Top 10 Predictions for 2010

       1. The Bible will still have all the answers.
       2. Prayer will still be the most powerful thing on Earth...
       3. The Holy Spirit will still move.
       4. God will still honor the praises of His people.
       5. There will still be God-anointed preaching.
       6. There will still be singing of praise to God.
       7. God will still pour out blessings upon His people.
       8. There will still be room at the Cross.
       9. Jesus will still love you.
      10. Jesus will still save the lost when they come to Him.

           Isn't It Great To Remember Who Is Really In Control, and that; "the Word of the Lord endures forever..
           I Peter 1:25

Friday, February 12, 2010

A few observations on Faith

What happens when you have faith:

1) God takes care of your needs.

Matthew 6:30
If that is how God clothes the grass of the field, which is here today and tomorrow is thrown into the fire, will he not much more clothe you, O you of little faith?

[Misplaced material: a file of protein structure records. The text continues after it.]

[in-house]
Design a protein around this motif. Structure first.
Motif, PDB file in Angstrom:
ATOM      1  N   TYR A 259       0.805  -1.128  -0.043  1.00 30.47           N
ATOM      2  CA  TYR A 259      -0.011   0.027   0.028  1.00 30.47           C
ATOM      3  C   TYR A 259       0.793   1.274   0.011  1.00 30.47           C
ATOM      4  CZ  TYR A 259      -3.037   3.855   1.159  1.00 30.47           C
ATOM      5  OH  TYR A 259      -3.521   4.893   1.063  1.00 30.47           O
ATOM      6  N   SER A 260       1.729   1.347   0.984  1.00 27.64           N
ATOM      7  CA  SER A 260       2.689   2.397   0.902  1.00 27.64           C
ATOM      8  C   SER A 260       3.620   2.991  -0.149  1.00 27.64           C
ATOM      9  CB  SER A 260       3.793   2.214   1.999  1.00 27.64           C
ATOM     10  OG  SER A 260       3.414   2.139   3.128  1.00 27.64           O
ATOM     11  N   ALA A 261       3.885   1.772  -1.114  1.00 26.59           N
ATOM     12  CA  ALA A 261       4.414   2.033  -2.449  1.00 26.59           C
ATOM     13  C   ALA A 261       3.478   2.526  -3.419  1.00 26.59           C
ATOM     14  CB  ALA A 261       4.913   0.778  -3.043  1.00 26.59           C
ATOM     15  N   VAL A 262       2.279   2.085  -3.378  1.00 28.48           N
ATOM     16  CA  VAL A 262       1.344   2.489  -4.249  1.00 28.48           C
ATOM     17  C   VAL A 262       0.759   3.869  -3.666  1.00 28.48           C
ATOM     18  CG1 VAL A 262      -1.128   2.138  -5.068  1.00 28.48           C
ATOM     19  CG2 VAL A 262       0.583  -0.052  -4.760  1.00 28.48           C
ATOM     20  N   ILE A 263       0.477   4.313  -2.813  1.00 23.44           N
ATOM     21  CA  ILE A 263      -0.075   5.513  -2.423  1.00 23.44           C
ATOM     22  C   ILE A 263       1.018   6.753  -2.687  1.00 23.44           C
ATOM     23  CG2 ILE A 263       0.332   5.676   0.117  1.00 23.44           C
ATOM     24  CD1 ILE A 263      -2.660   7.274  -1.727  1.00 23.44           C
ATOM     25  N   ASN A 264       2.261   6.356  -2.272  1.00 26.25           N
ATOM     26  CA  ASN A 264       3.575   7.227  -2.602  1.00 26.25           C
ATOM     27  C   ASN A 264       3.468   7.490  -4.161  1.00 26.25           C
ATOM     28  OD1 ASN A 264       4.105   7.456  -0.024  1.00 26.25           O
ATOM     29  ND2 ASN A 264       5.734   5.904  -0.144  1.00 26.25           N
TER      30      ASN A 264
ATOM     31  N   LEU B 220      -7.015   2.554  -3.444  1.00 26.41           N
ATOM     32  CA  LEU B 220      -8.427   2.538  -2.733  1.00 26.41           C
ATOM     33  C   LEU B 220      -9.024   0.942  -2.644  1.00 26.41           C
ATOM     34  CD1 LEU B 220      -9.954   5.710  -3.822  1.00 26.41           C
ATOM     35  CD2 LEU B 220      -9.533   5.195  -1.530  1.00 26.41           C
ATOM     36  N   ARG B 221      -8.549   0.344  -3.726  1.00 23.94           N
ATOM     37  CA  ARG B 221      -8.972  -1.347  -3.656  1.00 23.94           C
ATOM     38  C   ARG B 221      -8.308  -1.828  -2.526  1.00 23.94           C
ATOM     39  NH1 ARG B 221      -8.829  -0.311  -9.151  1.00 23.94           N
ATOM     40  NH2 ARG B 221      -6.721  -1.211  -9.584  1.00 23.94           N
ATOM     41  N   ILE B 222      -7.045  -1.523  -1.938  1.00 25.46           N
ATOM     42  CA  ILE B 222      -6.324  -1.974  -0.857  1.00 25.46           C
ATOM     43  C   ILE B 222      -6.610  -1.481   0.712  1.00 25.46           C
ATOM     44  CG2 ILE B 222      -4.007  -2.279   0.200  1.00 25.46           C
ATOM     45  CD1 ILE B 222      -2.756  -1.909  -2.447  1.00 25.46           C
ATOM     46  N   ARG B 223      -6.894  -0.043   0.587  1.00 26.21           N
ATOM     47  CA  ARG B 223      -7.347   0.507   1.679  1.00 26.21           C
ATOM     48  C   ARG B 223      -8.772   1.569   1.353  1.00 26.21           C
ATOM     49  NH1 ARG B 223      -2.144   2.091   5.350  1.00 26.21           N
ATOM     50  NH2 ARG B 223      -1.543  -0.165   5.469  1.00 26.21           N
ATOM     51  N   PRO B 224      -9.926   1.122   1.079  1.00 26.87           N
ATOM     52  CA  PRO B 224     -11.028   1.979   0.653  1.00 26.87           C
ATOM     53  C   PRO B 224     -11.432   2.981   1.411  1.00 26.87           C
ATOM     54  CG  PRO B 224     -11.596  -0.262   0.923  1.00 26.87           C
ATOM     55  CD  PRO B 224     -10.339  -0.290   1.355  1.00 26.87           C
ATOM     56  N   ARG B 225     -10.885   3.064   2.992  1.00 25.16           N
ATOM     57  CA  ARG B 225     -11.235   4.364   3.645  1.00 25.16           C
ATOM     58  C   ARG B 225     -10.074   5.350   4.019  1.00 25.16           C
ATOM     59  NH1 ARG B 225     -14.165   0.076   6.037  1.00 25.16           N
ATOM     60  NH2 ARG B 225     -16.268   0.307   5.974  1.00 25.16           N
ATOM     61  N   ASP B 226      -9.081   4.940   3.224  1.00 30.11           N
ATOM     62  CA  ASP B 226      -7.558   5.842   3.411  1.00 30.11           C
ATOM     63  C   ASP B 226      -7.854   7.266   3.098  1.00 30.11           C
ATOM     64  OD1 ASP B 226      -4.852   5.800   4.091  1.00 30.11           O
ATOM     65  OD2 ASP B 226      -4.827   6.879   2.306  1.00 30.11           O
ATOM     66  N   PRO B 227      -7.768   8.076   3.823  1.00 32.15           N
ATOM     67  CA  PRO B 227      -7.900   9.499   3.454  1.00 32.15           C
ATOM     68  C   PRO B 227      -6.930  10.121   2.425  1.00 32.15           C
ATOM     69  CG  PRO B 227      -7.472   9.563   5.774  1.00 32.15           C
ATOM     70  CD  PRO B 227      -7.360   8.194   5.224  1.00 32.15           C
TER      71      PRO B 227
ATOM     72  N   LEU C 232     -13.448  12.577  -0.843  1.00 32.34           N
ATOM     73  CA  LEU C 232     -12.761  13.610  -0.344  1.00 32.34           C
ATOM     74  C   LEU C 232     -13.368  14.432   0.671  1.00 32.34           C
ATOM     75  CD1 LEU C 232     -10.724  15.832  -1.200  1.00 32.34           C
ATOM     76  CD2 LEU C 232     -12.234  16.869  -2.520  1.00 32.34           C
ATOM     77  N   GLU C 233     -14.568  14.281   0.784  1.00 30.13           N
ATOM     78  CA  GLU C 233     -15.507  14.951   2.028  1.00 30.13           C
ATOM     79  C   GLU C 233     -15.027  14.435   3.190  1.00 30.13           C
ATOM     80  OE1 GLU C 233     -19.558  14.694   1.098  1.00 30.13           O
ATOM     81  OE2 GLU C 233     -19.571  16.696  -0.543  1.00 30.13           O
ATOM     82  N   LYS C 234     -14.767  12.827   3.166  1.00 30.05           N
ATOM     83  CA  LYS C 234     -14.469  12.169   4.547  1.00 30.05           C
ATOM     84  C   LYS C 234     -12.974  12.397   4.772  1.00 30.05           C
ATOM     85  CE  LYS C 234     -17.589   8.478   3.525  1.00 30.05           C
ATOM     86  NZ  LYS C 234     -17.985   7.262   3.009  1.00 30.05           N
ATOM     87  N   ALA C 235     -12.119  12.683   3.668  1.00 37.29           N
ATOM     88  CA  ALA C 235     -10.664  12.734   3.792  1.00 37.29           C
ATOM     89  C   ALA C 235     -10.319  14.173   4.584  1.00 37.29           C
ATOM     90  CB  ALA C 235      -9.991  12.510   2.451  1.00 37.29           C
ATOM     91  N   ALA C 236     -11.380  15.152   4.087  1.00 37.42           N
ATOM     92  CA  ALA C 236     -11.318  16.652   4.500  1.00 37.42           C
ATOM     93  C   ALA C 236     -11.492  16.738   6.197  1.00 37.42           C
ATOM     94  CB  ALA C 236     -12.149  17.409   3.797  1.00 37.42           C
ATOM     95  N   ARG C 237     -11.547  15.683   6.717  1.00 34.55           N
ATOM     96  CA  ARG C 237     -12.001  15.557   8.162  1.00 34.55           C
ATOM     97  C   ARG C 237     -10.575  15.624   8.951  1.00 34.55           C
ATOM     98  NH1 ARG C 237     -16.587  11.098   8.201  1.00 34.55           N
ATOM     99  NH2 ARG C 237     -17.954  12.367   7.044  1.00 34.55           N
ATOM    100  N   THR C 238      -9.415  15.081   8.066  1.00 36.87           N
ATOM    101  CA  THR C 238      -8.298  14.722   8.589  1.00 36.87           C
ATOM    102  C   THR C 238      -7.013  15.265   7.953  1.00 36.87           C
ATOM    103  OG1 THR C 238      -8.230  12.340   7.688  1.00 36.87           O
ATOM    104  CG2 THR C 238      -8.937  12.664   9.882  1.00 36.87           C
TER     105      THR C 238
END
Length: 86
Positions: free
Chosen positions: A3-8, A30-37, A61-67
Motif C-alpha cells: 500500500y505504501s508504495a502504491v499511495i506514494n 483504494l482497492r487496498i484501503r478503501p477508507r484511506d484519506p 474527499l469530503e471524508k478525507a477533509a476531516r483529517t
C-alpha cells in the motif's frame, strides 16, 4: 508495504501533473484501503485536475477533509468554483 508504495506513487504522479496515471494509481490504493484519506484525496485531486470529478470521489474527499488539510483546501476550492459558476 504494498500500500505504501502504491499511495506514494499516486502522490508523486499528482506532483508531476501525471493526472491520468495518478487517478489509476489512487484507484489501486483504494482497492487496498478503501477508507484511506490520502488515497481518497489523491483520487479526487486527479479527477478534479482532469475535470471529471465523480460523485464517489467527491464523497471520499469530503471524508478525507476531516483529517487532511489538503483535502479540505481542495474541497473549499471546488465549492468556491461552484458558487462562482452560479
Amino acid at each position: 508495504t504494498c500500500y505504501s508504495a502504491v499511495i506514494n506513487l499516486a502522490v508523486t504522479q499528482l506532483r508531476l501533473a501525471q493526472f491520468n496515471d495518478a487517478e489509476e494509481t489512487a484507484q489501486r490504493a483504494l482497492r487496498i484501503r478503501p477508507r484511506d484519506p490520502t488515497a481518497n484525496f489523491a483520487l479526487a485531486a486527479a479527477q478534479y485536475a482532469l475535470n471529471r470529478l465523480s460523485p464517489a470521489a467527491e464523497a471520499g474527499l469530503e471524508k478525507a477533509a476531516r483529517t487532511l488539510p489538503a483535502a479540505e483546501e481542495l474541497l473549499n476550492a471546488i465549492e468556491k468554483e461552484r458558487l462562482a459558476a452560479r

2) Your faith will heal your body and soul

Matthew 9:22
Jesus turned and saw her. "Take heart, daughter," he said, "your faith has healed you." And the woman was healed from that moment.

Acts 3:16
By faith in the name of Jesus, this man whom you see and know was made strong. It is Jesus' name and the faith that comes through him that has given this complete healing to him, as you can all see.

Matthew 9:28-30
When he had gone indoors, the blind men came to him, and he asked them, "Do you believe that I am able to do this?"
"Yes, Lord," they replied.
Then he touched their eyes and said, "According to your faith will it be done to you"; and their sight was restored.

Luke 18:42
Jesus said to him, "Receive your sight; your faith has healed you."